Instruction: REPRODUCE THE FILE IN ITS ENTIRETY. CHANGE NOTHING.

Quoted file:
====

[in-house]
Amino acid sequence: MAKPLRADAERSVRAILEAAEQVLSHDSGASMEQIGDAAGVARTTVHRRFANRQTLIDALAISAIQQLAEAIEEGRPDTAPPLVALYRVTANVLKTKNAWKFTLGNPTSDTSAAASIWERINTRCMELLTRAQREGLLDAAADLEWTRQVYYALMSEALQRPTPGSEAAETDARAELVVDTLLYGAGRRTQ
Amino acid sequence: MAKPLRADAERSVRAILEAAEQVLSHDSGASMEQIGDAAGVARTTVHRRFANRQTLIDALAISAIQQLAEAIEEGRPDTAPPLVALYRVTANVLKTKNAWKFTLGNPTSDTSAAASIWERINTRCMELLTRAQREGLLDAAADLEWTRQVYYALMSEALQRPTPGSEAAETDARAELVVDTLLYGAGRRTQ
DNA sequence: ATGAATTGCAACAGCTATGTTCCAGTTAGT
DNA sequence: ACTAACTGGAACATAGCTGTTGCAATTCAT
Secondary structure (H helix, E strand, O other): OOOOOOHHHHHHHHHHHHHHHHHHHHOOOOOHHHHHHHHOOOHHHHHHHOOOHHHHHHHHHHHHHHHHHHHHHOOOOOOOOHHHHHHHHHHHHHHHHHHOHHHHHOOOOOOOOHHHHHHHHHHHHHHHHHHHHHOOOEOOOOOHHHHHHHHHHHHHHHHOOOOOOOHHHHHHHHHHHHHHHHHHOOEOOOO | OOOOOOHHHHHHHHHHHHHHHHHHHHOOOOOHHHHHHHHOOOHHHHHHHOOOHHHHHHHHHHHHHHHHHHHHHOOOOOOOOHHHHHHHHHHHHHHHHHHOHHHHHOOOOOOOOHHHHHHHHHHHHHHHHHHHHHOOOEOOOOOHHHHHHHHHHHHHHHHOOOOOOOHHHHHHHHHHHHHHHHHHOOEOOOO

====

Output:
[in-house]
Amino acid sequence: MAKPLRADAERSVRAILEAAEQVLSHDSGASMEQIGDAAGVARTTVHRRFANRQTLIDALAISAIQQLAEAIEEGRPDTAPPLVALYRVTANVLKTKNAWKFTLGNPTSDTSAAASIWERINTRCMELLTRAQREGLLDAAADLEWTRQVYYALMSEALQRPTPGSEAAETDARAELVVDTLLYGAGRRTQ
Amino acid sequence: MAKPLRADAERSVRAILEAAEQVLSHDSGASMEQIGDAAGVARTTVHRRFANRQTLIDALAISAIQQLAEAIEEGRPDTAPPLVALYRVTANVLKTKNAWKFTLGNPTSDTSAAASIWERINTRCMELLTRAQREGLLDAAADLEWTRQVYYALMSEALQRPTPGSEAAETDARAELVVDTLLYGAGRRTQ
DNA sequence: ATGAATTGCAACAGCTATGTTCCAGTTAGT
DNA sequence: ACTAACTGGAACATAGCTGTTGCAATTCAT
Secondary structure (H helix, E strand, O other): OOOOOOHHHHHHHHHHHHHHHHHHHHOOOOOHHHHHHHHOOOHHHHHHHOOOHHHHHHHHHHHHHHHHHHHHHOOOOOOOOHHHHHHHHHHHHHHHHHHOHHHHHOOOOOOOOHHHHHHHHHHHHHHHHHHHHHOOOEOOOOOHHHHHHHHHHHHHHHHOOOOOOOHHHHHHHHHHHHHHHHHHOOEOOOO | OOOOOOHHHHHHHHHHHHHHHHHHHHOOOOOHHHHHHHHOOOHHHHHHHOOOHHHHHHHHHHHHHHHHHHHHHOOOOOOOOHHHHHHHHHHHHHHHHHHOHHHHHOOOOOOOOHHHHHHHHHHHHHHHHHHHHHOOOEOOOOOHHHHHHHHHHHHHHHHOOOOOOOHHHHHHHHHHHHHHHHHHOOEOOOO